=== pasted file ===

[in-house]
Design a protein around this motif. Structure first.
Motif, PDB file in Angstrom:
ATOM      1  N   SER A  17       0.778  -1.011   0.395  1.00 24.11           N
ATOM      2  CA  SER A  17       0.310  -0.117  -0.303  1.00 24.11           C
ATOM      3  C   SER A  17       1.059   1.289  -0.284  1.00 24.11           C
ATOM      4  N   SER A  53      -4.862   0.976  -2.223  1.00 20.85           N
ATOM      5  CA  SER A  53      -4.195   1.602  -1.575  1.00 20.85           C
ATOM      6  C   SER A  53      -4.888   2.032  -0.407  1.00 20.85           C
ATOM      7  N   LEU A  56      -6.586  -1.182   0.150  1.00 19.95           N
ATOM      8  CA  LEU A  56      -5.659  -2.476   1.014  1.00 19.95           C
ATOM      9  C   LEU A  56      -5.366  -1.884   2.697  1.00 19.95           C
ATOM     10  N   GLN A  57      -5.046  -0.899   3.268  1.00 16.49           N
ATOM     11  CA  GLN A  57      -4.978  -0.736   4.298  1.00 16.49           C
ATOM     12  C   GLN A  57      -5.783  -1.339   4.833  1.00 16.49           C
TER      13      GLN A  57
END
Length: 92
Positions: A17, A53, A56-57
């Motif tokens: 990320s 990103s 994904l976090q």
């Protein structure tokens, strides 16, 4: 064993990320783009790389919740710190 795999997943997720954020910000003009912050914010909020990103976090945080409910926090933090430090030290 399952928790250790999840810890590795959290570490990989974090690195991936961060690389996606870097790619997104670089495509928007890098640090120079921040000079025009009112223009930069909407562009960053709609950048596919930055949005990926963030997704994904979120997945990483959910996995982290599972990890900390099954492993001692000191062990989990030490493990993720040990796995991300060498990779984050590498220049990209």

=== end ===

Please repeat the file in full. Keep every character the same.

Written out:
[in-house]
Design a protein around this motif. Structure first.
Motif, PDB file in Angstrom:
ATOM      1  N   SER A  17       0.778  -1.011   0.395  1.00 24.11           N
ATOM      2  CA  SER A  17       0.310  -0.117  -0.303  1.00 24.11           C
ATOM      3  C   SER A  17       1.059   1.289  -0.284  1.00 24.11           C
ATOM      4  N   SER A  53      -4.862   0.976  -2.223  1.00 20.85           N
ATOM      5  CA  SER A  53      -4.195   1.602  -1.575  1.00 20.85           C
ATOM      6  C   SER A  53      -4.888   2.032  -0.407  1.00 20.85           C
ATOM      7  N   LEU A  56      -6.586  -1.182   0.150  1.00 19.95           N
ATOM      8  CA  LEU A  56      -5.659  -2.476   1.014  1.00 19.95           C
ATOM      9  C   LEU A  56      -5.366  -1.884   2.697  1.00 19.95           C
ATOM     10  N   GLN A  57      -5.046  -0.899   3.268  1.00 16.49           N
ATOM     11  CA  GLN A  57      -4.978  -0.736   4.298  1.00 16.49           C
ATOM     12  C   GLN A  57      -5.783  -1.339   4.833  1.00 16.49           C
TER      13      GLN A  57
END
Length: 92
Positions: A17, A53, A56-57
């Motif tokens: 990320s 990103s 994904l976090q």
């Protein structure tokens, strides 16, 4: 064993990320783009790389919740710190 795999997943997720954020910000003009912050914010909020990103976090945080409910926090933090430090030290 399952928790250790999840810890590795959290570490990989974090690195991936961060690389996606870097790619997104670089495509928007890098640090120079921040000079025009009112223009930069909407562009960053709609950048596919930055949005990926963030997704994904979120997945990483959910996995982290599972990890900390099954492993001692000191062990989990030490493990993720040990796995991300060498990779984050590498220049990209």